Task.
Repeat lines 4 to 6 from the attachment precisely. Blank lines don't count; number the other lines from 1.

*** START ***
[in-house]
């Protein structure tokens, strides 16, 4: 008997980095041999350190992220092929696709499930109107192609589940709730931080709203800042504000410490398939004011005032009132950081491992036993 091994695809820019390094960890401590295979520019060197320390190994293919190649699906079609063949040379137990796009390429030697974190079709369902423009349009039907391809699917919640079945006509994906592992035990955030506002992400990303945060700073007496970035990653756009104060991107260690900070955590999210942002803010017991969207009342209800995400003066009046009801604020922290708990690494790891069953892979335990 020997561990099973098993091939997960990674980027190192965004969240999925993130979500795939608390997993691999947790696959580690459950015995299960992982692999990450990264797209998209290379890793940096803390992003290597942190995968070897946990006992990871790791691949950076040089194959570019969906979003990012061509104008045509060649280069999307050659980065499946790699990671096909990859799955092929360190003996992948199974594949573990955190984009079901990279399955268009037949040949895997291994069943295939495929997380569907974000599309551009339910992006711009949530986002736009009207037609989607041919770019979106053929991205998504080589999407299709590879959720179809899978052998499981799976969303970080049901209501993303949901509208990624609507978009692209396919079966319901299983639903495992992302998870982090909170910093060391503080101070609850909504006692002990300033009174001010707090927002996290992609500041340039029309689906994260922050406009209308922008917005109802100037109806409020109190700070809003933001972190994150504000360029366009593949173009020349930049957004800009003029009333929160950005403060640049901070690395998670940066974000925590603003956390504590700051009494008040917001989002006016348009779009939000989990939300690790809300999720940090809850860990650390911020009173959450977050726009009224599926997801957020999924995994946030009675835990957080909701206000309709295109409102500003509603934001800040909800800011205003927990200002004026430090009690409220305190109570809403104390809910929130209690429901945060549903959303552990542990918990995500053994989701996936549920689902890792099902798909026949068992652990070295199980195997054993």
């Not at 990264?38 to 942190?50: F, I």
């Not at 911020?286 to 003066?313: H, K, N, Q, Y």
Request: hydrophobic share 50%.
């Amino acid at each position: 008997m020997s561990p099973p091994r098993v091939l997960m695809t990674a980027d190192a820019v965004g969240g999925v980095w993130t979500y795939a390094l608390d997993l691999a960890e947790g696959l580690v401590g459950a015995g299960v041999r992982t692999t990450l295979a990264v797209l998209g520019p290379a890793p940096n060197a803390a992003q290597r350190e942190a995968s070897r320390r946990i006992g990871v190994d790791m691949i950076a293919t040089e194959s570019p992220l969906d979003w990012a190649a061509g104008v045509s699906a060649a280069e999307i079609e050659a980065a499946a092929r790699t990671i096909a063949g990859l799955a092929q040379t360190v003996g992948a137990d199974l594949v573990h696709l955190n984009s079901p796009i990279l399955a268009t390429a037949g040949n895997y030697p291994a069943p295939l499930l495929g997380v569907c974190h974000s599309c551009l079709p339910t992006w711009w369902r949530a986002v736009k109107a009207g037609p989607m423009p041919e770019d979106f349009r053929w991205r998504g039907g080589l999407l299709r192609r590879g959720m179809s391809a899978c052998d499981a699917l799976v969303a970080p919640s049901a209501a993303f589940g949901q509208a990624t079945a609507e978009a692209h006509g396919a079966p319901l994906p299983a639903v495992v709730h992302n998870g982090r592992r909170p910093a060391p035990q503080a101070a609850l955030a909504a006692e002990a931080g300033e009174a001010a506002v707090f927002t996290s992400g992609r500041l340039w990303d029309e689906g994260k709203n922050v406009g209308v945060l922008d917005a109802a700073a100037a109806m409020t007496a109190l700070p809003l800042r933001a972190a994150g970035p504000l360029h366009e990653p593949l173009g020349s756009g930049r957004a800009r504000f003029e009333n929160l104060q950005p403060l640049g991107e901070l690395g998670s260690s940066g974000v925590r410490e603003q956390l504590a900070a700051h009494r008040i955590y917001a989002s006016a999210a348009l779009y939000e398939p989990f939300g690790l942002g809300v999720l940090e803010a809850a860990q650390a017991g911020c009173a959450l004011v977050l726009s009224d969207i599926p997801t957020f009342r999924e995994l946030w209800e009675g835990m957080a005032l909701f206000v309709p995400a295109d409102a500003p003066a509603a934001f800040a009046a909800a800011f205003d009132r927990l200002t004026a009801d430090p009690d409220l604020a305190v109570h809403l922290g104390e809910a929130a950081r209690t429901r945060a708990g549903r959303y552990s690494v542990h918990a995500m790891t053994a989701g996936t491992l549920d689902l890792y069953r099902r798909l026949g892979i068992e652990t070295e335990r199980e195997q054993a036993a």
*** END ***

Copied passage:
């Not at 911020?286 to 003066?313: H, K, N, Q, Y």
Request: hydrophobic share 50%.
């Amino acid at each position: 008997m020997s561990p099973p091994r098993v091939l997960m695809t990674a980027d190192a820019v965004g969240g999925v980095w993130t979500y795939a390094l608390d997993l691999a960890e947790g696959l580690v401590g459950a015995g299960v041999r992982t692999t990450l295979a990264v797209l998209g520019p290379a890793p940096n060197a803390a992003q290597r350190e942190a995968s070897r320390r946990i006992g990871v190994d790791m691949i950076a293919t040089e194959s570019p992220l969906d979003w990012a190649a061509g104008v045509s699906a060649a280069e999307i079609e050659a980065a499946a092929r790699t990671i096909a063949g990859l799955a092929q040379t360190v003996g992948a137990d199974l594949v573990h696709l955190n984009s079901p796009i990279l399955a268009t390429a037949g040949n895997y030697p291994a069943p295939l499930l495929g997380v569907c974190h974000s599309c551009l079709p339910t992006w711009w369902r949530a986002v736009k109107a009207g037609p989607m423009p041919e770019d979106f349009r053929w991205r998504g039907g080589l999407l299709r192609r590879g959720m179809s391809a899978c052998d499981a699917l799976v969303a970080p919640s049901a209501a993303f589940g949901q509208a990624t079945a609507e978009a692209h006509g396919a079966p319901l994906p299983a639903v495992v709730h992302n998870g982090r592992r909170p910093a060391p035990q503080a101070a609850l955030a909504a006692e002990a931080g300033e009174a001010a506002v707090f927002t996290s992400g992609r500041l340039w990303d029309e689906g994260k709203n922050v406009g209308v945060l922008d917005a109802a700073a100037a109806m409020t007496a109190l700070p809003l800042r933001a972190a994150g970035p504000l360029h366009e990653p593949l173009g020349s756009g930049r957004a800009r504000f003029e009333n929160l104060q950005p403060l640049g991107e901070l690395g998670s260690s940066g974000v925590r410490e603003q956390l504590a900070a700051h009494r008040i955590y917001a989002s006016a999210a348009l779009y939000e398939p989990f939300g690790l942002g809300v999720l940090e803010a809850a860990q650390a017991g911020c009173a959450l004011v977050l726009s009224d969207i599926p997801t957020f009342r999924e995994l946030w209800e009675g835990m957080a005032l909701f206000v309709p995400a295109d409102a500003p003066a509603a934001f800040a009046a909800a800011f205003d009132r927990l200002t004026a009801d430090p009690d409220l604020a305190v109570h809403l922290g104390e809910a929130a950081r209690t429901r945060a708990g549903r959303y552990s690494v542990h918990a995500m790891t053994a989701g996936t491992l549920d689902l890792y069953r099902r798909l026949g892979i068992e652990t070295e335990r199980e195997q054993a036993a």